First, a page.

HMS Jervis Bay
Thirty eight ships with food for you,
Twenty eight got safely through.
But of all the ships that berthed that day,
In the Empires heart lies the Jervis Bay
Thirty eight ships full steam ahead,
Off with their needed cargo sped,
While over there where the warship lay.
Guns ablaze went the Jervis Bay.
This was the end their captain knew,
Faegan Knew it and all his crew.
With dying minutes and lives to pay,
Guns ablaze went the Jervis Bay.
Pounded and smashed shattered and lame,
Fighting on with her decks aflame.
She sank with the sun at the dusk of day,
But the guns still spoke on the Jervis Bay.
These poems were not only atttempts to strengthen our memories and expose us to literature, but also teaching moments as we learnt about the time and circumstances of the Jervis Bay the poem came to mean more to us and helped fix the facts in our mind.
The sponge was introduced in a long segment on how to tell an animal from a plant. The last hour of class, if we had gotten through our work for the day was devoted to us coming up with the theories and the refinements on the definitions. Mr Crimp did not tell us the definition and we had writing all over the board that was not rubbed off for the many days we spent on the subject.
The sponge poem, introduced at the end of this segment was like a vindiction of all our hard work. Hard work and fun. The class was in termoil with theories being spoken between friends before being spoken to the classroom. There were disagreements and arguements made for each theory to convince the class. The occasional question was thrown in by Mr Crimp to engender more thought and discussion. For example one first tenant of dividing animals from plants was put forward as animals move and plants do not. Mr Crimp asked f we all thought that was true, we did. He asked what about leaves on trees? Did they not move in the wind? This ensued in a long discussion of how to define movement.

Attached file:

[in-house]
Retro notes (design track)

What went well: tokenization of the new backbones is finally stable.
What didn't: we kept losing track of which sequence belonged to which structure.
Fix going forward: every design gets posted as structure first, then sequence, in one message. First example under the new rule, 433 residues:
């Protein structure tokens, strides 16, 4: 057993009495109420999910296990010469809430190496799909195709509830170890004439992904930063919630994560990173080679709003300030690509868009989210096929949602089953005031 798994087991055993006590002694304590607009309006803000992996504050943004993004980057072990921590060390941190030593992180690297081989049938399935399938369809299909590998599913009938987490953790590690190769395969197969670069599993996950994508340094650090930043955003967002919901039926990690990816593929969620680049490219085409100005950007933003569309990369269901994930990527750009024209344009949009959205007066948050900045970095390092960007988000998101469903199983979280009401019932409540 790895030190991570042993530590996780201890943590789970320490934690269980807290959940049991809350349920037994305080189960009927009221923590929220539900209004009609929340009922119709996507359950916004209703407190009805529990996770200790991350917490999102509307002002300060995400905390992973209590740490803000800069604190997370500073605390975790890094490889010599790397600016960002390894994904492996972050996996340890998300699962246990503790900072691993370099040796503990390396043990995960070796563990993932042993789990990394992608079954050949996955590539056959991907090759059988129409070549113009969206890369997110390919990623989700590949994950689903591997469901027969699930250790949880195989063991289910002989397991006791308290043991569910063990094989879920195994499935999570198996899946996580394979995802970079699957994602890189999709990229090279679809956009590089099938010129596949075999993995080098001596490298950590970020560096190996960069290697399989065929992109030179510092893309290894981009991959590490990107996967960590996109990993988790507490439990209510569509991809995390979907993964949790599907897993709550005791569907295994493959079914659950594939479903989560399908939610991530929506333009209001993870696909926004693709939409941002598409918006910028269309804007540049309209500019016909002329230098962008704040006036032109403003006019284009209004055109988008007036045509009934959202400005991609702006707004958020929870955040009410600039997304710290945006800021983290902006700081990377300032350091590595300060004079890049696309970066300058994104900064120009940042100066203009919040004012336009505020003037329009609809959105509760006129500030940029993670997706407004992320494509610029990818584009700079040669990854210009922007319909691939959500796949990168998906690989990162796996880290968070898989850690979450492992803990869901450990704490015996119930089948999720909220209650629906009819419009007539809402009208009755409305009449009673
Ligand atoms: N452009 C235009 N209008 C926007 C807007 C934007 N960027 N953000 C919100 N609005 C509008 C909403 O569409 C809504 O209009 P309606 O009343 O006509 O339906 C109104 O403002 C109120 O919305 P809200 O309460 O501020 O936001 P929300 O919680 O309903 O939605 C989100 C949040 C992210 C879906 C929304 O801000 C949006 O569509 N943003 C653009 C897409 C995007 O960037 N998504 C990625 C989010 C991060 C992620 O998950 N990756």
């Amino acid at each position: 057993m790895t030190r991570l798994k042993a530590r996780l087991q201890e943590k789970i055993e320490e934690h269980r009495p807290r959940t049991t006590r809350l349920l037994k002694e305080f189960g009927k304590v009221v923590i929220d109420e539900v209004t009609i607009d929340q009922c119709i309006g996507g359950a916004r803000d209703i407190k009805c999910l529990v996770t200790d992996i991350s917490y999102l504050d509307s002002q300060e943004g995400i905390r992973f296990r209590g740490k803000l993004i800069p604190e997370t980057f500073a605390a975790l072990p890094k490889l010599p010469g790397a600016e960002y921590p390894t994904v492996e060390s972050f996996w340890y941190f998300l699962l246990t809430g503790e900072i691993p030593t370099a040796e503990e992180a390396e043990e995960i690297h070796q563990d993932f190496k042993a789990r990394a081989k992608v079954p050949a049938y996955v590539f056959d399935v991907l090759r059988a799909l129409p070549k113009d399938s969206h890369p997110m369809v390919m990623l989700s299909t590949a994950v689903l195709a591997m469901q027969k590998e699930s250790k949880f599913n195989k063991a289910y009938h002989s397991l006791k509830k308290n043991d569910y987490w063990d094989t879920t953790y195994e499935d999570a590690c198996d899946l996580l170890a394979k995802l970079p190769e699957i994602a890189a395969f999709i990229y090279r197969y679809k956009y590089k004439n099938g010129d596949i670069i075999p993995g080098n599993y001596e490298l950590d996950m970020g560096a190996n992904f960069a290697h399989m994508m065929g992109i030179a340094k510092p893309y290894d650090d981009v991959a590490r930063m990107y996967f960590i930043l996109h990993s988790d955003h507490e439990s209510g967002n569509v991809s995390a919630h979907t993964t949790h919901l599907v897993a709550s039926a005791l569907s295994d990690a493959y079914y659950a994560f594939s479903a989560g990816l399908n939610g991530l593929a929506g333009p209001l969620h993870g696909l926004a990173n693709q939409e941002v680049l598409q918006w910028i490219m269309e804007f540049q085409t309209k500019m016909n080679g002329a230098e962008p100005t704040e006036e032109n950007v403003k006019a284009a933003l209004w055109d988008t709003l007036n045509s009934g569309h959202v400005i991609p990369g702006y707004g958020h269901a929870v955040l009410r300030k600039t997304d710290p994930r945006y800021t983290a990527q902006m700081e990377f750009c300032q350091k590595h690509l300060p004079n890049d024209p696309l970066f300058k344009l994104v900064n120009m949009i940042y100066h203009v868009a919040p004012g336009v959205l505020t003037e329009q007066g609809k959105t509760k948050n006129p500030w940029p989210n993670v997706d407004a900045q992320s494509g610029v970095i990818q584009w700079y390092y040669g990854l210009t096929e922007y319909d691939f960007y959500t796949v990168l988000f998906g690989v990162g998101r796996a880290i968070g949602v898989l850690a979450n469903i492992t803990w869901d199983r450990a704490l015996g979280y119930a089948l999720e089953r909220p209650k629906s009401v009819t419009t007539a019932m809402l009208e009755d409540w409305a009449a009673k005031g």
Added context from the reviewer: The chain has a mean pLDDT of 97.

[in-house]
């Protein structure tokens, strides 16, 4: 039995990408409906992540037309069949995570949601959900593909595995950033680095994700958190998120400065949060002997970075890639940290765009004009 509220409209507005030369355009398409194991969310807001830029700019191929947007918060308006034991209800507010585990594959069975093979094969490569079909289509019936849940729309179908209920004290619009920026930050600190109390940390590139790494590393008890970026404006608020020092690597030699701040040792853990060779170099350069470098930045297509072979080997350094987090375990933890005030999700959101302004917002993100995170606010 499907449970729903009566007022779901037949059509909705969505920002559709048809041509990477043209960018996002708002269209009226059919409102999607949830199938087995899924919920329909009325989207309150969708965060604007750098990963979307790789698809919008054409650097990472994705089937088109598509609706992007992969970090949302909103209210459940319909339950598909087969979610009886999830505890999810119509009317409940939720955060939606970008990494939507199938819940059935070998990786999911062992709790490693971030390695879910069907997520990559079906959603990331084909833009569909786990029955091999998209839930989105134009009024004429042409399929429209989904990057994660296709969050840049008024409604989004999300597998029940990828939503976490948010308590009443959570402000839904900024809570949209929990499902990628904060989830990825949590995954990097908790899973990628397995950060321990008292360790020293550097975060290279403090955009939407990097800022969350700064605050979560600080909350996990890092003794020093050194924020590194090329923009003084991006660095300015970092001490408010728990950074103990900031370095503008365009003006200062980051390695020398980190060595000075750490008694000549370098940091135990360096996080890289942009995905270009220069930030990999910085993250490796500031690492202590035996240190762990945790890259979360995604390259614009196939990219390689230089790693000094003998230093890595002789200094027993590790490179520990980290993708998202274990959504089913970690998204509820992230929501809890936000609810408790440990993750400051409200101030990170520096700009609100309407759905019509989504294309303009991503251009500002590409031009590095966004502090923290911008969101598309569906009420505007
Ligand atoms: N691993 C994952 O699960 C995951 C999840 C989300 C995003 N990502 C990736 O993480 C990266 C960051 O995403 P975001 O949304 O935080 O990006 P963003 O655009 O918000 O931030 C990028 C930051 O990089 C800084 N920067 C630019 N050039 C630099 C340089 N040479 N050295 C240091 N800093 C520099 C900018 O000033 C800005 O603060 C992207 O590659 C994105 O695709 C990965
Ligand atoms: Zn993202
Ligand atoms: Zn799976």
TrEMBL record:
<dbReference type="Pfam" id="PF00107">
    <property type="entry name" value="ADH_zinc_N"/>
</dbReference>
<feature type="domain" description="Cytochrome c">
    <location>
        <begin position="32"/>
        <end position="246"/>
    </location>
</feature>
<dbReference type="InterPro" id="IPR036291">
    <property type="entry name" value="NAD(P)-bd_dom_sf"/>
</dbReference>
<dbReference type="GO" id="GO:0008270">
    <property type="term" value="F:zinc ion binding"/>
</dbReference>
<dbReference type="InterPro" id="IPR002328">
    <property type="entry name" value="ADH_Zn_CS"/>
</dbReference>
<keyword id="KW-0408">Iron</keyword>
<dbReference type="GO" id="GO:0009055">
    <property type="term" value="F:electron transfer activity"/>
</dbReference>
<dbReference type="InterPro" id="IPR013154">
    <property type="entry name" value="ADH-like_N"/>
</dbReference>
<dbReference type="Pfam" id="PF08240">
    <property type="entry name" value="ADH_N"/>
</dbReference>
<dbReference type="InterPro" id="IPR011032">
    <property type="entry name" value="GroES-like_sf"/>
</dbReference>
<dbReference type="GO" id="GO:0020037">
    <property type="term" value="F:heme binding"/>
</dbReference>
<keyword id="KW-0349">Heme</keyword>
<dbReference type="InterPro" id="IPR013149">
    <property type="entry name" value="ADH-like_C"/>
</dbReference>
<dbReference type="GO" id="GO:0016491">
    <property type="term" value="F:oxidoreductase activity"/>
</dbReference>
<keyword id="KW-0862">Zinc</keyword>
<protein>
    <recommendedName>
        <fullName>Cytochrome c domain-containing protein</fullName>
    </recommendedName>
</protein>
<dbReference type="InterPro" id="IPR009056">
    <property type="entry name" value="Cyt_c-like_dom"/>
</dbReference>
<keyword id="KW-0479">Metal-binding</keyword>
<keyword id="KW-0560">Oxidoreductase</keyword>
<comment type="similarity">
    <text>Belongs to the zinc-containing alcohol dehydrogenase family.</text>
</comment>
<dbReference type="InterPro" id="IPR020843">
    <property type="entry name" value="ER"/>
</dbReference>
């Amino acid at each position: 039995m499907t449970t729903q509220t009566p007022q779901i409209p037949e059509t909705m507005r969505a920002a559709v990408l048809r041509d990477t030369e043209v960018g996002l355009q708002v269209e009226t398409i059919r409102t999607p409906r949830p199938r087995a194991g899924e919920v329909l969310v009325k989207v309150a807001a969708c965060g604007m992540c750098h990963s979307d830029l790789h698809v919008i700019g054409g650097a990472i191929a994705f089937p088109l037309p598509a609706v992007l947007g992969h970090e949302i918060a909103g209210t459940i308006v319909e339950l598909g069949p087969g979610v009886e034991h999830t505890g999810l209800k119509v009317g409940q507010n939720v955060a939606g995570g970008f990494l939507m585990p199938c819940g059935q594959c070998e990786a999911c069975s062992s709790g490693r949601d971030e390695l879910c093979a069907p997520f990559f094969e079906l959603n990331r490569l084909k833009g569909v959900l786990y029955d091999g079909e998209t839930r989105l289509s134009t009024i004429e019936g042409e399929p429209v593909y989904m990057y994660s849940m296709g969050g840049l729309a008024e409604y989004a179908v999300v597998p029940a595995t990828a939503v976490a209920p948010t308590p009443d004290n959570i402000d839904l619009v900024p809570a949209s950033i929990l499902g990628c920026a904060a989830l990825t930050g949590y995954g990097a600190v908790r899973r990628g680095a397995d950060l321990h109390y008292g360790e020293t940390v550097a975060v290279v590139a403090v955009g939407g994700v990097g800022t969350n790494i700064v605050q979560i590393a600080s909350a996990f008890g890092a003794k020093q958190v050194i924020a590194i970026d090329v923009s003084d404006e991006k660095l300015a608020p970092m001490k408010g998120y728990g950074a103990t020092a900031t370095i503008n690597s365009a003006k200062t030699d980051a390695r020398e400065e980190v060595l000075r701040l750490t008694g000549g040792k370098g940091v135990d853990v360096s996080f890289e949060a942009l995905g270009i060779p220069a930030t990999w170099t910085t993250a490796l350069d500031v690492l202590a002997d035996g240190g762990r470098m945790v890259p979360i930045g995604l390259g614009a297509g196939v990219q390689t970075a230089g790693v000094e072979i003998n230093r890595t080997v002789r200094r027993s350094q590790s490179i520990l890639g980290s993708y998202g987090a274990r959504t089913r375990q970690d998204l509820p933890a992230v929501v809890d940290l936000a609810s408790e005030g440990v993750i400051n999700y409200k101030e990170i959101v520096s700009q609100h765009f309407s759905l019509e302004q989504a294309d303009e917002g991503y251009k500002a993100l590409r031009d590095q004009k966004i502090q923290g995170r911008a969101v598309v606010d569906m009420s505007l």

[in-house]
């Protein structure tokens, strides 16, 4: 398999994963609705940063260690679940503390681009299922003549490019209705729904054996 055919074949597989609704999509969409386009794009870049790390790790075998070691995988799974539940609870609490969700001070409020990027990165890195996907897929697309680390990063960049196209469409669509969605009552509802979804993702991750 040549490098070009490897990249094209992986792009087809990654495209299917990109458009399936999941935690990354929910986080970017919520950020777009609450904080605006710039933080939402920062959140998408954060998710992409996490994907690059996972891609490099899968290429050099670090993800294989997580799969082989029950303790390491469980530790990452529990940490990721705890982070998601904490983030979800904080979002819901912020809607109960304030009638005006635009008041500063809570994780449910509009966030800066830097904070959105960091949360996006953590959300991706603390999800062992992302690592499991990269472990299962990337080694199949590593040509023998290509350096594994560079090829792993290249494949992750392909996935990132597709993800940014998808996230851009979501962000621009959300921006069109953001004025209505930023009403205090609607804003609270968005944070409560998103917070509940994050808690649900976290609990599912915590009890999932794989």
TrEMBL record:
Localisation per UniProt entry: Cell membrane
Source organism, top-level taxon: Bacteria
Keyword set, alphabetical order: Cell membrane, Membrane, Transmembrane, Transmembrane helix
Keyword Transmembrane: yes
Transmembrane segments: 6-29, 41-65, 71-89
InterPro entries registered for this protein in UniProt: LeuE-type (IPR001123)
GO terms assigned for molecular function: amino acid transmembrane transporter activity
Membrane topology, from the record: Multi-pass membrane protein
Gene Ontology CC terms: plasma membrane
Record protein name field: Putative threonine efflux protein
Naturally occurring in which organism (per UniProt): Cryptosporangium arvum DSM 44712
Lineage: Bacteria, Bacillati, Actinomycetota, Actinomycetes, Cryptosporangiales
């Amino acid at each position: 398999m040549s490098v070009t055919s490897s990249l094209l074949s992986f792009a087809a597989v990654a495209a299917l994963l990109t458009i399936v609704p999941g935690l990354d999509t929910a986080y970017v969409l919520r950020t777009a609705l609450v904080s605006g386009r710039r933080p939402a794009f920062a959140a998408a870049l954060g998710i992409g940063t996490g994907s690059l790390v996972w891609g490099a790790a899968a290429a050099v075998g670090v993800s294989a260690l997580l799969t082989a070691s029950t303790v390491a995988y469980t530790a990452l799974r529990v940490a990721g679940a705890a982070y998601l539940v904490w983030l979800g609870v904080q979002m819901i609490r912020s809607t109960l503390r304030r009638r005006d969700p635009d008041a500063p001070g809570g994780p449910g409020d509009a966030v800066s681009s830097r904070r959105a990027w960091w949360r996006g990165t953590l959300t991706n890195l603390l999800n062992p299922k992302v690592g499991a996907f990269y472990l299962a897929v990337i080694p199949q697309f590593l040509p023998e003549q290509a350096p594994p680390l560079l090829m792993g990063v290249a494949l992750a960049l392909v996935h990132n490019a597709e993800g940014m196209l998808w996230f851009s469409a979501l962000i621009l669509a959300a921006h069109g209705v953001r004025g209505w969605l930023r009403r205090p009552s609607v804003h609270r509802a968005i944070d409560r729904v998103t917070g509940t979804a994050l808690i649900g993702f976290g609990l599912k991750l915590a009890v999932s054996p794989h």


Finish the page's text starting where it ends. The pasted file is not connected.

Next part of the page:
In later years you could tell in science class when the topic of plant and animal kingdom came up who had been in Mr Crimps class and who had not. Each of us from his class had a firm grasp on this topic and how you have to think to define and divide groups. Others inevitably struggled at first, lacking this foundation of knowledge to work from.
The next I remember only in part but wish I remembered it whole still. It has a wonderful heavy distinct rythum to the poem. This exactly suits the subject matter, an elsphant walking. If anyone knows it whoe or knows the author please let me know.
Tong, tong, tonga, tong,That is the rythum of the elephant song,
As the great grey elephant shuffles along,
A baby cries in the arms of it’s nurse,
Mahut cries …
Tong, tong, tonga, tong
That is the rythum of the elephant song.
The other poems I learned that year refuse to come to the top of my memory at the moment. They rest in the background, as did The Eagle, until another random happenstance brings them back to me.
I treasure the poems I now have with me 40 years on, they come to me unbidden when events or words stir them to the surface and they enrichen those events. Thank you Mr Crimp for setting up my store and the skill to add more throughout my life.